Publisher: Palgrave Macmillan

ISBN: 9781137270047

Category: Social Science

Page: 200

View: 9836

Popular culture and new media are deeply interwoven, yet they are often thought of as separate spheres. This book explores the material and everyday intersections between popular culture and new media. Using a range of interdisciplinary resources the chapters open up a series of hidden dimensions – including objects and infrastructures, archives, algorithms, data play and the body – that force us to rethink our understanding of culture as it is today. Through an exploration of its intersections with new media, this book reveals the centrality of data circulations in the formation, organization and relations of popular culture. It shows how digital data accumulate as a result of our routine engagements with culture. It then examines the ways that these data fold-back into culture through algorithmic process, through play and through mediated bodily experiences. The book asks how we might conceptualize and understand culture as it continues to be reshaped by these recursive circulations of data.
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Discourse as Data

A Guide for Analysis

Author: Margaret Wetherell,Stephanie Taylor,Simeon J Yates

Publisher: SAGE

ISBN: 9780761971580

Category: Education

Page: 338

View: 4368

`A highly effective introduction which gives readers a clear sense of how to analyze discourse data and then employ the analytic approaches in their own research' - David Silverman, Goldsmith's College, University of London This workbook will be invaluable for students across the social sciences who need to learn how to analyze discourse. Using a step-by-step approach, students are introduced to the principal range of methods for analyzing different types of text, taken through key analytic concepts, offered specimen analyses and given the opportunity to try out analytic concepts on new data. Discourse as Data is organized around eight chapters, six of which are related to the domains covered in the Reader, and top and tailed by two chapters which set up common methodological issues in discourse research relevant to all approaches (such as transcription and the application and the critical evaluation of discourse research). Though the text will be a perfect companion to the simultaneously published Reader, its broad coverage, combined with didactic, practical guidance should make this important reading for any student or researcher wishing to learn more about discourse analysis. This book will be ideal as a teaching tool, and an invaluable aid on discourse analysis courses, which have a practical content, most notably within the fields of psychology, cultural and media studies, sociology and linguistics. This book is a course reader for The Open University course Discourse Analysis (D843).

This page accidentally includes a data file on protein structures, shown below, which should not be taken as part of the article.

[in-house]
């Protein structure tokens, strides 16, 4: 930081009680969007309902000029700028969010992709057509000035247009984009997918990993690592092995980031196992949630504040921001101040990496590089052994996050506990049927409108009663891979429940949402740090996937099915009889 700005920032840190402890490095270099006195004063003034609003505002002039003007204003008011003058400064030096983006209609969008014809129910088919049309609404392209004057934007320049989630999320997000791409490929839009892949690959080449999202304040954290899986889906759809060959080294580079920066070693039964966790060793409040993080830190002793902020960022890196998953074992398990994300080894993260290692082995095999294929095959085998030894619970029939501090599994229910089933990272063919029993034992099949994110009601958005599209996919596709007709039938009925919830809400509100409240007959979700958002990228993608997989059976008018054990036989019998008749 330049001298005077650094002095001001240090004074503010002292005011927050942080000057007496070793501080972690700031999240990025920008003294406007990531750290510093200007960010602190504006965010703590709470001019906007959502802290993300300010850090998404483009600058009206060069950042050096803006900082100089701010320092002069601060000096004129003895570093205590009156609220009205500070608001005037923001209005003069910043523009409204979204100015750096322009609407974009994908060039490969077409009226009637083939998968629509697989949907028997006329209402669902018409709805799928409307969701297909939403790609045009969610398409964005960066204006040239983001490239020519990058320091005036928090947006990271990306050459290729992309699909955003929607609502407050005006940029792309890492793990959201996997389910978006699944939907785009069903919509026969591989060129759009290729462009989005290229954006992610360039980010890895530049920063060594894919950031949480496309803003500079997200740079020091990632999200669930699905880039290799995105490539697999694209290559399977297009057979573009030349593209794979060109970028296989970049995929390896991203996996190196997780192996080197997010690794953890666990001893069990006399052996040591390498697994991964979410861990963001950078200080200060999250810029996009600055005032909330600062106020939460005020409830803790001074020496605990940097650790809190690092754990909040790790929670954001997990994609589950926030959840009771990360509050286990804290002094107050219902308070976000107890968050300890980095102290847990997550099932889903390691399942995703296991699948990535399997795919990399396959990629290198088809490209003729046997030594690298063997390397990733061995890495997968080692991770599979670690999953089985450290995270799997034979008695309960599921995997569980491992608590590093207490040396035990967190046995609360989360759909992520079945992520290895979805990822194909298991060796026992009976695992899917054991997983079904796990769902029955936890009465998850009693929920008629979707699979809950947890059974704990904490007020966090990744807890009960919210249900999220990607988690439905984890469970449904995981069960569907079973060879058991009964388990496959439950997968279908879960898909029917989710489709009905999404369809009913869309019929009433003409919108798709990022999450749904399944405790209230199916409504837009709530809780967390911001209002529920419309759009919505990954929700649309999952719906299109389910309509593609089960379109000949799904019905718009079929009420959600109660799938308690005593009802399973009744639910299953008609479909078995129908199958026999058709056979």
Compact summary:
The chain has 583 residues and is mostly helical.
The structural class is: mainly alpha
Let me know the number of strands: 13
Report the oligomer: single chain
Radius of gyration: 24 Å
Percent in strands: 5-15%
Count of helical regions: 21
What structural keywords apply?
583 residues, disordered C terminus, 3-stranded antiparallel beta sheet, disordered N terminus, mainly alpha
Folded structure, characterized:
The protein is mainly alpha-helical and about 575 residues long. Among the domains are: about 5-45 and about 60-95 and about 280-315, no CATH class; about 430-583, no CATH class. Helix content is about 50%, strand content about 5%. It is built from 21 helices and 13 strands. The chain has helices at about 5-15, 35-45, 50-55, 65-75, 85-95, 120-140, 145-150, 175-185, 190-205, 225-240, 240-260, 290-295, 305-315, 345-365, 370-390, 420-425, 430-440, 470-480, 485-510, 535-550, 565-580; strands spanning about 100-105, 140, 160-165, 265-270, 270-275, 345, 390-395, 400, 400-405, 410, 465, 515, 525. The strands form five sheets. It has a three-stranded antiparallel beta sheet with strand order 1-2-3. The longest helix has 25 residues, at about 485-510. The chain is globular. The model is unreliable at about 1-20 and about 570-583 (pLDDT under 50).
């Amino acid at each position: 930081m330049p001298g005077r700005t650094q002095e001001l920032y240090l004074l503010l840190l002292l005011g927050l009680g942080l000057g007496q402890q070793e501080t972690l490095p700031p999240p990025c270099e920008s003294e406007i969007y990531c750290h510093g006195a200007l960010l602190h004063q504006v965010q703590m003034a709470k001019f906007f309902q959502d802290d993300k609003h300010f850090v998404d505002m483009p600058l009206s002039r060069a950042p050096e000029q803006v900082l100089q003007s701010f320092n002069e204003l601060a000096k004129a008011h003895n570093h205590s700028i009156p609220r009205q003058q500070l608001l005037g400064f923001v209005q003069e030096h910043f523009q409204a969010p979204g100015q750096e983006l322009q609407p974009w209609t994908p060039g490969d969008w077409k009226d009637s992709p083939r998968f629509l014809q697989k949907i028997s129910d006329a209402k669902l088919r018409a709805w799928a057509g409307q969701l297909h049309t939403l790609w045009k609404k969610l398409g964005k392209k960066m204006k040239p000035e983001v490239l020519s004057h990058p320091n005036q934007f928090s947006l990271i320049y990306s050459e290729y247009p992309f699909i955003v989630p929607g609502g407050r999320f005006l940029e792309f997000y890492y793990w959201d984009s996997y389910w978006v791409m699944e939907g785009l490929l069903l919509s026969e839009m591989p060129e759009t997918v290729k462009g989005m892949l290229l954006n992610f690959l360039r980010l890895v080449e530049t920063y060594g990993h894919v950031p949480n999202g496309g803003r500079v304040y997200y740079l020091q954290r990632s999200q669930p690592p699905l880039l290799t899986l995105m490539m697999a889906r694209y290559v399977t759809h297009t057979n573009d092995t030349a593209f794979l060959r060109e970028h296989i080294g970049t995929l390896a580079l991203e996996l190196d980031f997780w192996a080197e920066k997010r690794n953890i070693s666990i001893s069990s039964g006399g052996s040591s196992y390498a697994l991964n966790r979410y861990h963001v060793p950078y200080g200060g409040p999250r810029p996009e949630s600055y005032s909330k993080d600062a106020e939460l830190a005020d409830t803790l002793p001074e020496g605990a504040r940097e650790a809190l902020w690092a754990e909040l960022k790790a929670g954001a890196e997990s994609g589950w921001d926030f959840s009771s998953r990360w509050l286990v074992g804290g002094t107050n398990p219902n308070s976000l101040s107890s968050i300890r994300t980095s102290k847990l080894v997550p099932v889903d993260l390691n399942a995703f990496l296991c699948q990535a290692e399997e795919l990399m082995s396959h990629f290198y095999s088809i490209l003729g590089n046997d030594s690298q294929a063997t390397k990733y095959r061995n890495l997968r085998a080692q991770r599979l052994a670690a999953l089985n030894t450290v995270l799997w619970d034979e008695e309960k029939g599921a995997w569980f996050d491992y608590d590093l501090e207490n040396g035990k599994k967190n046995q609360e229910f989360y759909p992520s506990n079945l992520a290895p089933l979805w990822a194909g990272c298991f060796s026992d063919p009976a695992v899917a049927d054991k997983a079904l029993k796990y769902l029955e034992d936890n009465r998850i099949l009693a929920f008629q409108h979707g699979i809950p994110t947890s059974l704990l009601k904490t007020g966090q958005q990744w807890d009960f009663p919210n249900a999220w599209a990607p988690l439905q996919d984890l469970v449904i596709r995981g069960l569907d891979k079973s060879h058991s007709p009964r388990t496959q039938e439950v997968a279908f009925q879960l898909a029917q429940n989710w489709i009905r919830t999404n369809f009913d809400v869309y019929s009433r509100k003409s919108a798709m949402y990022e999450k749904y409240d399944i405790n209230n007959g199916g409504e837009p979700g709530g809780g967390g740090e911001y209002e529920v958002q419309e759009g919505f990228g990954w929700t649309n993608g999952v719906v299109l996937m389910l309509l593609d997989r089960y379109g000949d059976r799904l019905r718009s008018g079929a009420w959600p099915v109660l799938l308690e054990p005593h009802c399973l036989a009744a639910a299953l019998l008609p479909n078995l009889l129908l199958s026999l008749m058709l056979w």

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Green Imperialism

Colonial Expansion, Tropical Island Edens and the Origins of Environmentalism, 1600-1860

Author: Richard H. Grove

Publisher: Cambridge University Press

ISBN: 9780521565134

Category: Business & Economics

Page: 540

View: 6843

Green Imperialism is the first book to document the origins and early history of environmentalism, concentrating especially on its hitherto unexplained colonial and global aspects. It highlights the significance of Utopian, Physiocratic, and medical thinking in the history of environmentalist ideas. The book shows how the new critique of the colonial impact on the environment depended on the emergence of a coterie of professional scientists, and demonstrates both the importance of the oceanic island "Eden" as a vehicle for new conceptions of nature and the significance of colonial island environments in stimulating conservationist notions.
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The Art of Engagement

Culture, Collaboration, Innovation

Author: Elaine Lally,Ien Ang,Kay Anderson

Publisher: Uwa Pub

ISBN: N.A

Category: Art

Page: 243

View: 6902

Art should be an integral and natural part of the community. In Australia, four art facilities - the Museum of Contemporary Art (Sydney), the Casula Powerhouse Arts Center, the Penrith Visual and Performing Arts, and the Campbelltown Arts Center - stand alone as prominent cultural institutions. But when four artists - Craig Walsh, Sylvie Blocher, Ash Keating, and Jeanne van Heeswijk - collaborate with these institutions, a new dynamic erupts. The community is everywhere: in the artwork, at the sites of artistic expression, and in the reactions to the works produced. The Art of Engagement reveals such unique collaborations while exploring the aesthetic, political, and economic dimensions of each project. The result is a collection of essays that invites the reader to rethink contemporary art in Australia.